Shut down: PSU Dance program puts on its last show

At 7:30 p.m. this Wednesday and Thursday on Lincoln Hall’s main stage, Portland State’s Dance program will host its last two shows, featuring student dancers and choreographers. The show is free to all, though they will be taking a donation for the crew.

So. All of a sudden, we don’t have a dance program. All the classes have been cancelled for the coming school year, and according to the School of Theater + Film website, “Admission to the Minor in Dance and the Certificate in Dance has been suspended effective fall 2017, and no applications are being accepted at this time.” Nobody seems to know exactly why, although it certainly has something to do with the various funding issues that plague all educational institutions. (It’s easy to bemoan the lack of funding for the arts, but only because it’s always true.)

The show is called SHUT DOWN: The Last PSU Student Choreography Showcase. Students of Portland State dance instructor Tere Mathern choreographed the program’s nine dance pieces, which will be performed by a corps of twenty dancers. I caught their dress rehearsal today, and several things jumped out at me.

Rachel Lara/PSU Vanguard Silvia Cardullo/Portland State Vanguard

The music! None of it was traditional ballet music, and although I missed the lovely Tchaikovsky I’m probably the only one who isn’t sick of him. There was a bit of pop classical courtesy of Nick Takénobu Ogawa, there was a lot of film music, there was a bit of Rihanna and Walt Whitman. The most striking moment was Eve Cosper’s 20/20, which featured three dancers and no music at all.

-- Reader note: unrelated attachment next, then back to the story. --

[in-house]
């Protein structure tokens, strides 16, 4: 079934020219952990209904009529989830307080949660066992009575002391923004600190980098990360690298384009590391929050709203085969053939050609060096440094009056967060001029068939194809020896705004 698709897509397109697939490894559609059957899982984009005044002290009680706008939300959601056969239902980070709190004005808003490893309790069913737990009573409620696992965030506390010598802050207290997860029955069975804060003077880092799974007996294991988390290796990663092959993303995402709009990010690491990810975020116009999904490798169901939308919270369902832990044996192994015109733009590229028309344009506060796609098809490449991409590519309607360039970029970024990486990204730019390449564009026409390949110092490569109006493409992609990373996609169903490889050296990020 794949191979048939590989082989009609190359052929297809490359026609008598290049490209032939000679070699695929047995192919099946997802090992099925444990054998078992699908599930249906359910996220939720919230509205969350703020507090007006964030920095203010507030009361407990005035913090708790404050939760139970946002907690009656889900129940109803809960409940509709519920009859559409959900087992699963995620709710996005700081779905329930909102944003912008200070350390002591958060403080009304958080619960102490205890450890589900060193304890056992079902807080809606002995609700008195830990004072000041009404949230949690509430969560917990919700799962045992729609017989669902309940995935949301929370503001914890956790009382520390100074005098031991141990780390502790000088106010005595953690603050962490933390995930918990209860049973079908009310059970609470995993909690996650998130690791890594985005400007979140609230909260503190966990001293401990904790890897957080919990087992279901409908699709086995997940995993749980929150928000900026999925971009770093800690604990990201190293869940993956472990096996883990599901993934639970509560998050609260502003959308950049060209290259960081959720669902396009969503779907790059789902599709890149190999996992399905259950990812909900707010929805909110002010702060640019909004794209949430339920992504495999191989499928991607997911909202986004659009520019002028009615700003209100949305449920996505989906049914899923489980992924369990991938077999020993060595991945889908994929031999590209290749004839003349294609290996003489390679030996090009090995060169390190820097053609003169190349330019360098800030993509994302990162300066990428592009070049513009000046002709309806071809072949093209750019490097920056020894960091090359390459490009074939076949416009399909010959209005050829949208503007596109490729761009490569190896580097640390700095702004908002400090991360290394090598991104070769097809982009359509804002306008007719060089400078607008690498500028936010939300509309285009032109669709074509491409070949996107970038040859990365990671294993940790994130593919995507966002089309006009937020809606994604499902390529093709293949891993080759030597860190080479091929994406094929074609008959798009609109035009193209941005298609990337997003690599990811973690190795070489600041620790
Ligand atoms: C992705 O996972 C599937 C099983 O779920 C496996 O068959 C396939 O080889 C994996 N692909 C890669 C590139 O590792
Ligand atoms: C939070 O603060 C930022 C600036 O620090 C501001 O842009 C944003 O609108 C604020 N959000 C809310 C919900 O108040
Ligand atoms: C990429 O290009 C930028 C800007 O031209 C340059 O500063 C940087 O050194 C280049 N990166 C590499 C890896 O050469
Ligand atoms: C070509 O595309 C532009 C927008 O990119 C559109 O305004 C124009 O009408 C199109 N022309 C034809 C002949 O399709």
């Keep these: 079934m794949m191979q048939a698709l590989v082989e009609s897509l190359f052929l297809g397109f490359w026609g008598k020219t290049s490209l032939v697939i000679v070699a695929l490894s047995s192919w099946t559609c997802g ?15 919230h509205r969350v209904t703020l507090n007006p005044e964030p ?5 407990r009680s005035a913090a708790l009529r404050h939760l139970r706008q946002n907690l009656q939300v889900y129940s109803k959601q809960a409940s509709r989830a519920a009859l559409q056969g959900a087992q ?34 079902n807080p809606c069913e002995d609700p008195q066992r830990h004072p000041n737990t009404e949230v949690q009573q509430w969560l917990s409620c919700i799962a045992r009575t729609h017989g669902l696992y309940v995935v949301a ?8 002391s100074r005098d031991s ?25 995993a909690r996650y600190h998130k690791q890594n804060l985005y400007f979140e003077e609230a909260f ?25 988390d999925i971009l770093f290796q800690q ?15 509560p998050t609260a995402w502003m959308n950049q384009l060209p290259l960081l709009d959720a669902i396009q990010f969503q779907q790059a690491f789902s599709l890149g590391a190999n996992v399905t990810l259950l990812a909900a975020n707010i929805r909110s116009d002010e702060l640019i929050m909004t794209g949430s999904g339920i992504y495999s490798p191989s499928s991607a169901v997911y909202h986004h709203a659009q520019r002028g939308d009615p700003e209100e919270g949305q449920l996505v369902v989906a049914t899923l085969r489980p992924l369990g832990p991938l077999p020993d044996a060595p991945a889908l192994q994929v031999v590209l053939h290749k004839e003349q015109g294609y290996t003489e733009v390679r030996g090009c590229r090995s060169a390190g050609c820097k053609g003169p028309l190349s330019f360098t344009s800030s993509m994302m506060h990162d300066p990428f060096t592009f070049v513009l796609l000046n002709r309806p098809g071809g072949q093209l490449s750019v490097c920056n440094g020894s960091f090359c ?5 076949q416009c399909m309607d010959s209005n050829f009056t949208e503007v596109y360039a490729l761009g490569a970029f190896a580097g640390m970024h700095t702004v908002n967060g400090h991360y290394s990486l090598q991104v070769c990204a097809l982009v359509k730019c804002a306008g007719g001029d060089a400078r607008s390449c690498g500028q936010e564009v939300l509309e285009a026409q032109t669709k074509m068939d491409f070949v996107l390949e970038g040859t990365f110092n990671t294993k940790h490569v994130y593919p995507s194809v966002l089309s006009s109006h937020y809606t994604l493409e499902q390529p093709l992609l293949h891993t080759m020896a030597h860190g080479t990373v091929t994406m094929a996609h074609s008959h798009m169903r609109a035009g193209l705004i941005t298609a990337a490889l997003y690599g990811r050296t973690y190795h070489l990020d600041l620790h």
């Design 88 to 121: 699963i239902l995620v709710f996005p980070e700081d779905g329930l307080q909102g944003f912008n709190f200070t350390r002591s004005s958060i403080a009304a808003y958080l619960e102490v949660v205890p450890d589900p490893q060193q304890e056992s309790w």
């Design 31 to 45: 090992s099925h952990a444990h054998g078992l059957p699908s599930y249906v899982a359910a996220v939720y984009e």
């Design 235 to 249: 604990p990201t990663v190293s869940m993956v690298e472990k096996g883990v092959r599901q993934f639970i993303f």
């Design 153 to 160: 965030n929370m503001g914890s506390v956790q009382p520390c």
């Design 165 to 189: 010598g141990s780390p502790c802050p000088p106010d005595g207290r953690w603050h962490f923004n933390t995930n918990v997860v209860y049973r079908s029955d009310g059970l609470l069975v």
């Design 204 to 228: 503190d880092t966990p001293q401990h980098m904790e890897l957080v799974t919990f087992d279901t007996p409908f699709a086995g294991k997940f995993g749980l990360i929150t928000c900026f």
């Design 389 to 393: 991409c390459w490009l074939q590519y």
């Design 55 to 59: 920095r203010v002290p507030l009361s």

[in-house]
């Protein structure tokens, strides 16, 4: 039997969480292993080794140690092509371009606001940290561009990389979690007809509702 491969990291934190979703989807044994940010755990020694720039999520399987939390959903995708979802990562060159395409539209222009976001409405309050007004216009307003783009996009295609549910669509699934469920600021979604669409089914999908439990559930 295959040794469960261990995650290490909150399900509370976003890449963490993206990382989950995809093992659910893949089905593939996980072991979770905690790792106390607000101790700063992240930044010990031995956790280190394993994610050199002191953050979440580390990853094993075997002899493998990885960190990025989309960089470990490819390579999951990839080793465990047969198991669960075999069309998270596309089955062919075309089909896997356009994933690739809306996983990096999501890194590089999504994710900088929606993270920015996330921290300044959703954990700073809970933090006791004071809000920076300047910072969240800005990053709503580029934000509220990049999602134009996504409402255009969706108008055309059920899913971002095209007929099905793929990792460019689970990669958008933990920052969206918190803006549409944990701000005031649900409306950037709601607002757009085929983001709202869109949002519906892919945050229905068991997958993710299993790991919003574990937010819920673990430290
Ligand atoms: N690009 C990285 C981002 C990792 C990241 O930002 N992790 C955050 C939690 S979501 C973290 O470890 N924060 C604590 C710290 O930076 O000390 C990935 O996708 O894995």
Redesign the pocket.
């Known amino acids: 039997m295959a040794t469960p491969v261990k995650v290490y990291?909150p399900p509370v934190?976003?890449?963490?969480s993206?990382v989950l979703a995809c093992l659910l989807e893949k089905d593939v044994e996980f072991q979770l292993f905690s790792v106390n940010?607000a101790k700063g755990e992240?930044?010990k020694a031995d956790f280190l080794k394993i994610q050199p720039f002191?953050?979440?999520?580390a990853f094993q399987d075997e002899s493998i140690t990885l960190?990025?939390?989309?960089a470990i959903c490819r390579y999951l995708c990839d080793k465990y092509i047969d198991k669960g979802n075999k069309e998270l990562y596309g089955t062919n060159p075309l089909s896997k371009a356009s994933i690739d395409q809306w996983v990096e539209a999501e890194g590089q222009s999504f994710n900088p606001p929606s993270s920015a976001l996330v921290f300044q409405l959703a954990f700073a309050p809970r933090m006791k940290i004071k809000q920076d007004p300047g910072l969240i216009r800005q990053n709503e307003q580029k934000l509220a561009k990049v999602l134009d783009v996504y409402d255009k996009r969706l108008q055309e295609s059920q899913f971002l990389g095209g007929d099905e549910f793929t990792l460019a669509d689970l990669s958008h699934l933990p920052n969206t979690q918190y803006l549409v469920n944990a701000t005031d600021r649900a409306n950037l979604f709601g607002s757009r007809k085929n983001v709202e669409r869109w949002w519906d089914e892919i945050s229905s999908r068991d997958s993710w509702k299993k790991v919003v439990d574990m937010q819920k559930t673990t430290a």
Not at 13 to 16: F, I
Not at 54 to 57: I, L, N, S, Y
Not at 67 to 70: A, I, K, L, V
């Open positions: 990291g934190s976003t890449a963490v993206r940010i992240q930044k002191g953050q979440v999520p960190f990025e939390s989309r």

The diversity! We usually think of ballet as a skinny white girl’s sport—not so with PSU’s dancers. I was very pleased to see dancers from across the spectra of gender, race, body shape, and sexuality. Kel Dae, Megean McBride, and Hector Zaragoza Valentin were especially powerful in Dae’s Fragmented Youth, “the artist’s address to the social suppression of femininity expressed by people perceived and assigned male.”

And although this may sound like faint praise, it was really nice seeing dancers at a variety of skill levels. Plenty of these performers are all set for the big time, and I know at least a few of them are already dancing professionally, but one of the great things about getting the bulk of your entertainment at a College of the Arts is the endearing work-in-progress charm of hungry, enthusiastic artists who are still in the process of ripening.

Rachel Lara/PSU Vanguard Silvia Cardullo/Portland State Vanguard

Who knows, maybe we’ll get the dance program back. It’s happened before. Sometimes that little bit of disappointment when you lose something you barely knew you had is exactly the spark you need to get the fire going again. Come to the show. Spread the word. Write to the administration (and be nice). Support the arts, go pay for a professional show, take a class yourself. Dance like everybody’s watching.

Matthew Andrews is a graduate student in the College of the Arts.